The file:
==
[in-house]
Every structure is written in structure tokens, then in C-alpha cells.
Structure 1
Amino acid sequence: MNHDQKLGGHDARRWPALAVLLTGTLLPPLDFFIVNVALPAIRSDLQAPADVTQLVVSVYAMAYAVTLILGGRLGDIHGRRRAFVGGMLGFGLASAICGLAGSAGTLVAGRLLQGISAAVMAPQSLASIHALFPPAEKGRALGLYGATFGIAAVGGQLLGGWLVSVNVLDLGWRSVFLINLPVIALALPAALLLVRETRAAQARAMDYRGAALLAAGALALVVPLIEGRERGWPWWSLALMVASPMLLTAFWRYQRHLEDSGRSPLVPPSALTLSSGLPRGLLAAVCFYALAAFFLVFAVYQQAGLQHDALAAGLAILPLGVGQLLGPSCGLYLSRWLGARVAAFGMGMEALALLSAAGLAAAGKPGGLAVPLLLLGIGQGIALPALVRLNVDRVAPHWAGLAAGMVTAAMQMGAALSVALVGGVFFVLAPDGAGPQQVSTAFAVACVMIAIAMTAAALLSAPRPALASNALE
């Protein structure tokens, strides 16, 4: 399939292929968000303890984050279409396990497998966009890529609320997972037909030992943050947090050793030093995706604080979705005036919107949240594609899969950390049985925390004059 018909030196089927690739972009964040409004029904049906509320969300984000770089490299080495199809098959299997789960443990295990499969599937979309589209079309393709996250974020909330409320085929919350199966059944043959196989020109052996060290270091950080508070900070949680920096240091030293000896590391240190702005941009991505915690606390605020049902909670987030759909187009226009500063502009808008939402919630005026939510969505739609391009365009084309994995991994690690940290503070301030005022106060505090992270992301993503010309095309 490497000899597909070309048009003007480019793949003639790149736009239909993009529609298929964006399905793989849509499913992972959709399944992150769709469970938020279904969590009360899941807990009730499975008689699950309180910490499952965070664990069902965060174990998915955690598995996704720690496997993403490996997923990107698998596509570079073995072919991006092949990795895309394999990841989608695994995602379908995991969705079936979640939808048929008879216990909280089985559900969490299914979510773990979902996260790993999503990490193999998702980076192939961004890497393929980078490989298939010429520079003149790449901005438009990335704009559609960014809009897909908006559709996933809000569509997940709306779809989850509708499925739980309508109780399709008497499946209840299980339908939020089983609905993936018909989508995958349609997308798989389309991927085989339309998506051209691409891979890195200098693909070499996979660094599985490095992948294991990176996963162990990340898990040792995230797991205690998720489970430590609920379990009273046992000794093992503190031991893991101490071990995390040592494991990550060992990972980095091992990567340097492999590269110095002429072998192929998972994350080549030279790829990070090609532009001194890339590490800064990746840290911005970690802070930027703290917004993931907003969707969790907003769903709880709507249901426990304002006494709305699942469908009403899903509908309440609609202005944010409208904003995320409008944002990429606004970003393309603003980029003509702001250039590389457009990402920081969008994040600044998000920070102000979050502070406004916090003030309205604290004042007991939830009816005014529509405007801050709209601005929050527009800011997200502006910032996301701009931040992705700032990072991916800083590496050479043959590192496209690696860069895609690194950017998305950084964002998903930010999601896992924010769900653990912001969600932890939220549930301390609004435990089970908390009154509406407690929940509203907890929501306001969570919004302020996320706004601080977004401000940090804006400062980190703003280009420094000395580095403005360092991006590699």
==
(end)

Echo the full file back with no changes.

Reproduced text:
[in-house]
Every structure is written in structure tokens, then in C-alpha cells.
Structure 1
Amino acid sequence: MNHDQKLGGHDARRWPALAVLLTGTLLPPLDFFIVNVALPAIRSDLQAPADVTQLVVSVYAMAYAVTLILGGRLGDIHGRRRAFVGGMLGFGLASAICGLAGSAGTLVAGRLLQGISAAVMAPQSLASIHALFPPAEKGRALGLYGATFGIAAVGGQLLGGWLVSVNVLDLGWRSVFLINLPVIALALPAALLLVRETRAAQARAMDYRGAALLAAGALALVVPLIEGRERGWPWWSLALMVASPMLLTAFWRYQRHLEDSGRSPLVPPSALTLSSGLPRGLLAAVCFYALAAFFLVFAVYQQAGLQHDALAAGLAILPLGVGQLLGPSCGLYLSRWLGARVAAFGMGMEALALLSAAGLAAAGKPGGLAVPLLLLGIGQGIALPALVRLNVDRVAPHWAGLAAGMVTAAMQMGAALSVALVGGVFFVLAPDGAGPQQVSTAFAVACVMIAIAMTAAALLSAPRPALASNALE
């Protein structure tokens, strides 16, 4: 399939292929968000303890984050279409396990497998966009890529609320997972037909030992943050947090050793030093995706604080979705005036919107949240594609899969950390049985925390004059 018909030196089927690739972009964040409004029904049906509320969300984000770089490299080495199809098959299997789960443990295990499969599937979309589209079309393709996250974020909330409320085929919350199966059944043959196989020109052996060290270091950080508070900070949680920096240091030293000896590391240190702005941009991505915690606390605020049902909670987030759909187009226009500063502009808008939402919630005026939510969505739609391009365009084309994995991994690690940290503070301030005022106060505090992270992301993503010309095309 490497000899597909070309048009003007480019793949003639790149736009239909993009529609298929964006399905793989849509499913992972959709399944992150769709469970938020279904969590009360899941807990009730499975008689699950309180910490499952965070664990069902965060174990998915955690598995996704720690496997993403490996997923990107698998596509570079073995072919991006092949990795895309394999990841989608695994995602379908995991969705079936979640939808048929008879216990909280089985559900969490299914979510773990979902996260790993999503990490193999998702980076192939961004890497393929980078490989298939010429520079003149790449901005438009990335704009559609960014809009897909908006559709996933809000569509997940709306779809989850509708499925739980309508109780399709008497499946209840299980339908939020089983609905993936018909989508995958349609997308798989389309991927085989339309998506051209691409891979890195200098693909070499996979660094599985490095992948294991990176996963162990990340898990040792995230797991205690998720489970430590609920379990009273046992000794093992503190031991893991101490071990995390040592494991990550060992990972980095091992990567340097492999590269110095002429072998192929998972994350080549030279790829990070090609532009001194890339590490800064990746840290911005970690802070930027703290917004993931907003969707969790907003769903709880709507249901426990304002006494709305699942469908009403899903509908309440609609202005944010409208904003995320409008944002990429606004970003393309603003980029003509702001250039590389457009990402920081969008994040600044998000920070102000979050502070406004916090003030309205604290004042007991939830009816005014529509405007801050709209601005929050527009800011997200502006910032996301701009931040992705700032990072991916800083590496050479043959590192496209690696860069895609690194950017998305950084964002998903930010999601896992924010769900653990912001969600932890939220549930301390609004435990089970908390009154509406407690929940509203907890929501306001969570919004302020996320706004601080977004401000940090804006400062980190703003280009420094000395580095403005360092991006590699």